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‘Praying that soon we will all be at peace’: Greater Boston’s Jewish community offers support to people of Ukraine

Volunteers with the Jewish Teen Initiative at Combined Jewish Philanthropies assemble care packages containing bandages, dried foods, and other goods at Temple Shir Tikva in Wayland.Nathan Klima for The Boston Globe

Half a world away from the war in Ukraine, more than 40 teens volunteered at Wayland’s Temple Shir Tikva on a recent Sunday assembling care packages for people affected by the Russian invasion.

The volunteers put their hearts and prayers into action as they donned masks and worked shoulder to shoulder. Some tucked bandages into boxes. Other volunteers gently scooped dry ingredients for soup into plastic bags.

The teens also penned cards with touching, handwritten messages of hope in English, Ukrainian, and Russian.

“Praying that soon we will all be at peace,” said one message on a card that was handwritten in English.

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As Jews around the world gather at Seder tables to celebrate Passover this weekend, there is a somber connection between that Exodus from slavery in Egypt and the approximately 4.5 million Ukrainians who are fleeing the attack on their freedom in their homeland.

Rabbi Danny Burkeman of Temple Shir Tikva said that since the invasion began in February, people have come forward with offers of help — some with financial assistance, others by volunteering in efforts like the Jewish Teen Initiative, which was organized by Combined Jewish Philanthropies of Greater Boston.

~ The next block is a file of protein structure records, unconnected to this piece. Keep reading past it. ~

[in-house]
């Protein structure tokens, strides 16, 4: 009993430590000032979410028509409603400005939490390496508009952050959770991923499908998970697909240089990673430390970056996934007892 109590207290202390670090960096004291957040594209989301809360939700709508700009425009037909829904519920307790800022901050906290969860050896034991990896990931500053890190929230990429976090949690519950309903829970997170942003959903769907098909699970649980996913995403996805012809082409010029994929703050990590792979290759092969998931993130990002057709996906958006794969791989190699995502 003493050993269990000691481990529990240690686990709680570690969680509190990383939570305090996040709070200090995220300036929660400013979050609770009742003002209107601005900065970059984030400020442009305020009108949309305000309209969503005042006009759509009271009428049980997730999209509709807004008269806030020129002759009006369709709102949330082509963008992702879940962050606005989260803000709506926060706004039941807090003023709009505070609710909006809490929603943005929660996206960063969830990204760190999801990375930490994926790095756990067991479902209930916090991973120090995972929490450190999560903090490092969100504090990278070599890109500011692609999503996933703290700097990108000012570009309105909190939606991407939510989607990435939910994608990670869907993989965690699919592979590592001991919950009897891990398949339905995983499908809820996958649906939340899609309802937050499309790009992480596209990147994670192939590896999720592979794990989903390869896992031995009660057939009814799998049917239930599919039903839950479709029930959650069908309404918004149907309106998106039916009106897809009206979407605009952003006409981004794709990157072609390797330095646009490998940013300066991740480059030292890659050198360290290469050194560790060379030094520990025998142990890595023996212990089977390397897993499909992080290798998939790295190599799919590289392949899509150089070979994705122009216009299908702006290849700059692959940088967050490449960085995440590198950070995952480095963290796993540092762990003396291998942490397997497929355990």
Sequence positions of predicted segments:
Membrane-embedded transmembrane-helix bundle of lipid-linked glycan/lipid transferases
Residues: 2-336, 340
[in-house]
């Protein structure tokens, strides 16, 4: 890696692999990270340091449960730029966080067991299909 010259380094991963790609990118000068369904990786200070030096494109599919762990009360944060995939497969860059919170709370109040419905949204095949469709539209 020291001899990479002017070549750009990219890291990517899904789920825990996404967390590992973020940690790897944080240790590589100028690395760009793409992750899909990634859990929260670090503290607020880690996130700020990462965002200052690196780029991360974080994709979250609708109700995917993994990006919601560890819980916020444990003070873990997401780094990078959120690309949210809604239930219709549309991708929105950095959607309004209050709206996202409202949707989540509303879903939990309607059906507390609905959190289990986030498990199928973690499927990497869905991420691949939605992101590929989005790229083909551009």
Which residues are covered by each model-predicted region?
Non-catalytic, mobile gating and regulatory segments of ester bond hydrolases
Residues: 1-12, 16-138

“There’s been a real desire, I’ve seen, in our Temple Shir Tikva community, to find ways of helping people in Ukraine today,” Burkeman said in an interview. “I’m constantly inspired by our teenagers ... they immediately want to do something about it, to help those in need, those who are suffering.

“They inspire me, as a rabbi, to want to do more,” Burkeman said, “and follow their example.”

While Ukraine’s people are fighting for their freedom against a Russian invasion, Greater Boston’s Jewish community is mounting a widespread response, sending aid packages, food, money, and their prayers to the war-torn country.

Handwritten cards with messages of support written in English, Russian, and Ukrainian were included in the care packages assembled during an aid drive for the Ukrainian community at Temple Shir Tikva in Wayland.Nathan Klima for The Boston Globe

Rabbi Marc Baker, president and chief executive of CJP, said the task in Ukraine is made all the more urgent as the region’s Jewish community has worked for decades to rebuild Jewish life, culture, and religious traditions in Eastern Europe since the fall of the Soviet Union.

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The organization has worked for more than 30 years with the community of Dnipro, a city in southeastern Ukraine that is now under heavy attack. After the collapse of the Soviet Union in 1991, the CJP’s Dnipro Kehillah Project has been an effort to revitalize its Jewish community, according to Baker.

CJP has helped restore essential services such as medicine, special education, and elder care Baker said. It also has helped build a community center, and a facility to provide services to local seniors.

“This is not just about caring for vulnerable people, it’s also about helping people create community, and find meaning and purpose in their lives,” said Baker, who grew up in Lynnfield. “The story of the revitalization of Jewish life in the former Soviet Union is actually extraordinary.”